Ask the Expert
Owen H. Malcolm, today's guest for Ask the Expert, is managing director at Apollon Wealth Management in Atlanta. He is a certified financial planner, earned an MBA in entrepreneurship from Kennesaw State University in 1999 and graduated magna cum laude from Berry College with a bachelor's in finance in 1997. Owen is chair of the Berry College Planned Giving Council and is a member of the Berry Heritage Society, the Berry Alumni Association, and the Alumni Career Network.
Today, Owen is talking with us about QCDs - Qualified Charitable Distributions.
What is a QCD?
A qualified charitable distribution (QCD) is a direct transfer of funds from the custodian of your individual retirement account (IRA) to a qualified charity. QCDs are sometimes referred to as IRA charitable distributions or IRA charitable rollovers.
When can I use a QCD to make a charitable gift?
Initially, when QCDs were introduced, they were directly tied to the Required Minimum Distribution (RMD) age of 70½. While the RMD age has risen in recent years, you can still make a QCD at age 70½, even though you haven't yet reached the RMD age.
How does making a charitable gift using a QCD help me?
Six years ago, when Congress raised the minimum threshold for Americans to itemize their deductions, about 90% of taxpayers lost the tax benefit they had enjoyed by making charitable contributions. For people age 70½ who are no longer able to itemize their deductions, the QCD can function as a de facto tax deduction because whatever amount you give to charity from your IRA via a QCD is not includable in your taxable income.
This benefit also holds true once you reach the age to start RMD withdrawals from your IRA. Whatever you give to charity out of your required distribution via a QCD decreases the taxable amount of your required distribution. For example, if you must take $50,000 out of your IRA but choose to give $10,000 of your RMD to a charity via QCD, you will only be taxed for $40,000.
And there is one more piece of good news - since IRAs can only be in the name of an individual, both partners in a marriage can realize tax savings by giving to a charity from their IRA through a QCD - up to $100,000 each.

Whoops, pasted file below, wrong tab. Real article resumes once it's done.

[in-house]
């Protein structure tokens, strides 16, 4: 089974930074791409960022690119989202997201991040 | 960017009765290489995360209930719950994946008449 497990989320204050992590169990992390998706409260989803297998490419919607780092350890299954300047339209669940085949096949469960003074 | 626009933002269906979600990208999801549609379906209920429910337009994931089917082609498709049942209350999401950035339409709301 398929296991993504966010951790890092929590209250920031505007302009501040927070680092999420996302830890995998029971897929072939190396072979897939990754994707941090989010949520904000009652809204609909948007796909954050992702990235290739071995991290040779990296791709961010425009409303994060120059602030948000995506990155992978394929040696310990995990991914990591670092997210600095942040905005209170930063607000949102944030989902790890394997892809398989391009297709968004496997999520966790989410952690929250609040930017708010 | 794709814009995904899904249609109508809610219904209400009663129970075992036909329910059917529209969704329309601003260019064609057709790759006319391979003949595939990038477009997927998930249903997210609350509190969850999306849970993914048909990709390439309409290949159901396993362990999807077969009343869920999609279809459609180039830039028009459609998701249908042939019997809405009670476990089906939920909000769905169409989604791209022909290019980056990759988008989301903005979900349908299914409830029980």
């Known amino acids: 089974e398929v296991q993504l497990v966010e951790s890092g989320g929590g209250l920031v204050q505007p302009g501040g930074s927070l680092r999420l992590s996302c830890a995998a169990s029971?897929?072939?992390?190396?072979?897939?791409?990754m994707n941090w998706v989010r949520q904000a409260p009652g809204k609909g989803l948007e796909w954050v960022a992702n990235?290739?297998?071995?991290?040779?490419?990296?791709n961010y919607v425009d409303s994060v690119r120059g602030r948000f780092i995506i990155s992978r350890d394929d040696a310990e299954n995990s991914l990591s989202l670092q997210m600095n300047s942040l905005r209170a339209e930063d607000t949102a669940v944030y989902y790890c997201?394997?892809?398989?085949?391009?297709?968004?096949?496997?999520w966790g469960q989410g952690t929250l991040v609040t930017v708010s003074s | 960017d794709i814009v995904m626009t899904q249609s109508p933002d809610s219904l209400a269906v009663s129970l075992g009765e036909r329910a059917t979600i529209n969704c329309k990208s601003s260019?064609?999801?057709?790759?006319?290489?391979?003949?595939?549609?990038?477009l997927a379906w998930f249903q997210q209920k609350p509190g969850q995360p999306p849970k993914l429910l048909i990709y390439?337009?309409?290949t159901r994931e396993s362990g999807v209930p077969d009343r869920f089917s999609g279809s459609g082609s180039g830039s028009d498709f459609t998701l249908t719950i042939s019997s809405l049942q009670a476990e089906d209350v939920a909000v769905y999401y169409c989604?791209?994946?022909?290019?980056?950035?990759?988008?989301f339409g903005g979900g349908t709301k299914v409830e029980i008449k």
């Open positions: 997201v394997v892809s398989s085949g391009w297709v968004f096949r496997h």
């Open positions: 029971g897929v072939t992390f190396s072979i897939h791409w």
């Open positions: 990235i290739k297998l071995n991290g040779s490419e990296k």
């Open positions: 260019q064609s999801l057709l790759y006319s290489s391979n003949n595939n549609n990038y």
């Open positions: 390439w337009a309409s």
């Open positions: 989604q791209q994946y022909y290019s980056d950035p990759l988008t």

Why are IRAs no longer an effective way for me to pass on wealth?
Tax law changes now require your heirs to liquidate their inherited IRA within either a 5-or 10-year window and, of course, pay taxes on those funds. And that rule does not apply to any other non-retirement account in your portfolio, making leaving real estate, stocks, mutual funds, or any other type of asset to your heirs a much more beneficial option. In other words, it is more advantageous to leave IRA accounts to charity and non-retirement accounts to individual heirs.
A few words of caution
Using QCDs to make a charitable donation might seem easy, but it can get technical in a hurry. To safeguard against making a costly mistake, consult with your financial or tax advisor first.
You must also coordinate making your QCD with your brokerage firm, you cannot just take money out of your IRA and then write a check. The check must come directly from your brokerage firm and be made payable to the charity if you want to get that tax break.
Here to help
Finally, the members of Berry's Planned Giving Council and I are available to help. This network of Berry alumni and friends comes from a variety of professional and civic backgrounds (CPAs, financial planners, stockbrokers, trust officers and more) and can provide advice and technical expertise on various planned giving instruments and relevant laws. To learn more about planned giving at Berry or how to connect with a member of the Planned Giving Council, please contact Helen Lansing at 706-378-2867 or firstname.lastname@example.org.